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POA board considers flood damage

by Lynn Atkins | June 22, 2022 at 10:05 a.m.

Past flood damage on the golf courses took up most of the Property Owners Association's Board of Directors work session on Thursday, June 16. Projects on the Country Club course and a bridge abandoned on what used to be the Berksdale course were the topics.

The Country Club is irrigated by a pump house that is in danger of being cut off by the creek. The damage may have been accelerated by a large bridge project underway on nearby Lancashire road, General Manager Tom Judson said, but there's no way to be sure about that. The water seems to be eroding land behind the pump house which is the only source of water for the course. If the pump house fails, damage to the turf could be very expensive.

"I'd rather spend less now, than a lot more later," Judson said about the project.

While the work may be done by POA employees, Judson asked for $32,000 to pay for an engineering study of the project. Information from the flood study done in 2017 will be considered by the engineers, he said.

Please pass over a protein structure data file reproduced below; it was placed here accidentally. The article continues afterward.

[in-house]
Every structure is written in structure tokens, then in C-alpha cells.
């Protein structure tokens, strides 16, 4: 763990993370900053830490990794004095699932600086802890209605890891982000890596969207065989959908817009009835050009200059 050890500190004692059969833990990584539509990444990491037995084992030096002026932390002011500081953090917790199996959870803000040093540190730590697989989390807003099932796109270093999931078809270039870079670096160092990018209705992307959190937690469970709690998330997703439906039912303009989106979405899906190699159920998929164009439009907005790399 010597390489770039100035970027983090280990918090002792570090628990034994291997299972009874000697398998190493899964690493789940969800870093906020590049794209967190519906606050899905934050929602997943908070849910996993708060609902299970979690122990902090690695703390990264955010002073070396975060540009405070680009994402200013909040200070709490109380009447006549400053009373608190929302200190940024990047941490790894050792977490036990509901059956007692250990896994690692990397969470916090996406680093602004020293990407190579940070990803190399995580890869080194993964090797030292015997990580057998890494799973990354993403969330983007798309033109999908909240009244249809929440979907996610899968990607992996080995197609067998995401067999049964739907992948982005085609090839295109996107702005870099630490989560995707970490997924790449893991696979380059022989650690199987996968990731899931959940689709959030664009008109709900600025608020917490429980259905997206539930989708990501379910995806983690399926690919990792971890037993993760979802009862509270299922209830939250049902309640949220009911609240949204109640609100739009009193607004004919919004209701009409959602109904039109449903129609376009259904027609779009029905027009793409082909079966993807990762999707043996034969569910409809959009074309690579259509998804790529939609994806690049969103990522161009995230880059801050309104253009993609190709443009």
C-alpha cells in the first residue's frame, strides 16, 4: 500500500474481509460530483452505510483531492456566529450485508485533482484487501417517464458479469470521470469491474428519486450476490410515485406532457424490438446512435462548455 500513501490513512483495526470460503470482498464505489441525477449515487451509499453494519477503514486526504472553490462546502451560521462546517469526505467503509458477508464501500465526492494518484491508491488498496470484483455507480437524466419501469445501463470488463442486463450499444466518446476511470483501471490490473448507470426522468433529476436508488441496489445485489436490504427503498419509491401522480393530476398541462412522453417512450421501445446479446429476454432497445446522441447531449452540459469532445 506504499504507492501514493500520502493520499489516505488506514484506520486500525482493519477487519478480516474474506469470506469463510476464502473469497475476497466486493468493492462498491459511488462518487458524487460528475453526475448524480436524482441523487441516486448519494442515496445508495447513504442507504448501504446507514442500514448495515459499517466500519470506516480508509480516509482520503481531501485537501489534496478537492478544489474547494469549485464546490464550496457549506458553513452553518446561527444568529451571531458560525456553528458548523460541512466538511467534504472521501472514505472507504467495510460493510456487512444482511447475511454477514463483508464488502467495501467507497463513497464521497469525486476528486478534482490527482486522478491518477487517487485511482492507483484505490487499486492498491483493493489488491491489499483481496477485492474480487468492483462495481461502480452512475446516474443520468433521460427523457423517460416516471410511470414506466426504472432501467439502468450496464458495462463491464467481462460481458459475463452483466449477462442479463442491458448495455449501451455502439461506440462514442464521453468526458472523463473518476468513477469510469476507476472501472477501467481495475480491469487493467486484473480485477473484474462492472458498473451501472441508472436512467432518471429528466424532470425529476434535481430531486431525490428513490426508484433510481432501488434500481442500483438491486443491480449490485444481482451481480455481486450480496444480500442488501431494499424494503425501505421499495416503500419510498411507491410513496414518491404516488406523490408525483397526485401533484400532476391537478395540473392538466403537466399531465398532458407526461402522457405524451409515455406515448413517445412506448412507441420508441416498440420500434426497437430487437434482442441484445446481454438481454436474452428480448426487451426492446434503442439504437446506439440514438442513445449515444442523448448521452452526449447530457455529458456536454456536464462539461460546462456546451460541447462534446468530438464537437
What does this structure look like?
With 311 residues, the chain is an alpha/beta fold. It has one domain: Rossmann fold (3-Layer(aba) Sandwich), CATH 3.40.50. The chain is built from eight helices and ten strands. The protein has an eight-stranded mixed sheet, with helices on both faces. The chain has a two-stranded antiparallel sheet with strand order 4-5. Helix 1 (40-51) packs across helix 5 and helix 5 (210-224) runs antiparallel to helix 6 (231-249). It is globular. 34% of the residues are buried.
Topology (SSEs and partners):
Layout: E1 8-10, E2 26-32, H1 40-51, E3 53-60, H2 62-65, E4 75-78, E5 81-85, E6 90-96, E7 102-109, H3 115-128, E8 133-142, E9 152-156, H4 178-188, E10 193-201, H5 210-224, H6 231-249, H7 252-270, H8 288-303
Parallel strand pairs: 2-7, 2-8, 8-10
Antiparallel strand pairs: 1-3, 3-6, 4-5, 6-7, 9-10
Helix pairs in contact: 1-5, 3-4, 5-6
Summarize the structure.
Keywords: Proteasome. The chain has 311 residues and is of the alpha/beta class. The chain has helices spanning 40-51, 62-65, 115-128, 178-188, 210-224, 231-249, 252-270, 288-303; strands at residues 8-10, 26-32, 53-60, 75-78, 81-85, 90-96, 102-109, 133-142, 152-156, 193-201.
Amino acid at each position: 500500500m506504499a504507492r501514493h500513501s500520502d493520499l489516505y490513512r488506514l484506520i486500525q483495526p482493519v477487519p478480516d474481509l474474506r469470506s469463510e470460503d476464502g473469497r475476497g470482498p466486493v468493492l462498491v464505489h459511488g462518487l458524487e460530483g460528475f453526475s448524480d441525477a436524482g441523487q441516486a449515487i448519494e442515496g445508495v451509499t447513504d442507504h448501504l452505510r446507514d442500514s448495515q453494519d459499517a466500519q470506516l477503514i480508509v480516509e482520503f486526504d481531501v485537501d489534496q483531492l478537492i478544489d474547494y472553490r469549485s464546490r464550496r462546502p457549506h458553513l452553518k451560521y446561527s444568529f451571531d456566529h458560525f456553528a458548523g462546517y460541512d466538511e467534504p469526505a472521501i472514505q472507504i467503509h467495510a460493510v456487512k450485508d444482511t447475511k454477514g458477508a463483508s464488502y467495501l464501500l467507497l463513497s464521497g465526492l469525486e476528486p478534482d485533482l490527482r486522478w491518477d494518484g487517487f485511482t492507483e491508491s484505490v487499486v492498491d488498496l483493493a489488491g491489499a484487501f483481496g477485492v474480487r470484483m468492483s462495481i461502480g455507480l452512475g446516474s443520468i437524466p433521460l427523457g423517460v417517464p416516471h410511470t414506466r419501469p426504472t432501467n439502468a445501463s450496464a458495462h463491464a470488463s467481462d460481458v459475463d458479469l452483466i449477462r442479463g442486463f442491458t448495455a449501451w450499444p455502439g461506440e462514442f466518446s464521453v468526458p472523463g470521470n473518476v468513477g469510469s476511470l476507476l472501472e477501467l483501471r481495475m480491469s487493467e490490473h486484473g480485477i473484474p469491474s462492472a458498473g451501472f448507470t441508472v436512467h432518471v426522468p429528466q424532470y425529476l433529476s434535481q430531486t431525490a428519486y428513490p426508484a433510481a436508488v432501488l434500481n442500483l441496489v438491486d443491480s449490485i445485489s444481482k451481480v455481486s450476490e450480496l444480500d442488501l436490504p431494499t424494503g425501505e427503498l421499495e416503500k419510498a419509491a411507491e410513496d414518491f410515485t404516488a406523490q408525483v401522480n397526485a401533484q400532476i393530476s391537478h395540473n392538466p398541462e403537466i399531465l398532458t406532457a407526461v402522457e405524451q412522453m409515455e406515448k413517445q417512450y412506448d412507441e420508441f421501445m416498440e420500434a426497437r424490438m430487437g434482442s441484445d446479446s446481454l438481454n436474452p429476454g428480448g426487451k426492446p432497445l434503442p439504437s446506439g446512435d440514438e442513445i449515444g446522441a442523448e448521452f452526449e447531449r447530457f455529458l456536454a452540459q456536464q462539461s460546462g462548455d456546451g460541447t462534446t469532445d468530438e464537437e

The staff is trying to become more proactive, Judson said, by addressing issues before they become critical.

The funds are available, Judson said, answering a question from a board member, because last year and the first part of this year have been good for cash flow. He said he has discussed the numbers with Stacie Higgins, the POA's treasurer.

The project on Berksdale may also prevent more future damage. The bridge hasn't been used since 2017, but during the last flood it collected enough debris to affect the course of Little Sugar Creek. Since the bridge is a flat bridge with piers in the stream, removing it is not simple. The project will have to be approved by Arkansas Department of Environmental Quality since the Little Sugar is considered a navigable water way.

The bridge can not be reused, he said, answering a question from a board member. He had discussed that part of the issue with Erin Rushing of the Trailblazer group, but Rushing said it could not be used as a trail bridge. Rushing said trail bridges must be arched so debris can easily pass under.

Judson said they had considered removing the bridge two years ago when another abandoned bridge was taken out but the project was too expensive. It will cost even more now, he said, but it just wasn't possible in 2020.

An emergency capital project was discussed. The motor that runs the pump that fills the community's water towers needs to be replaced for $10,500. There is a space motor but it is unreliable, so Judson authorized the purchase of a new motor as an emergency. Next year, the second motor will also be replaced but the department will use funds from their budget to replace that one.

All three issues will be brought up for a vote at the regular June board session at 6 p.m. on Thursday, June 23.

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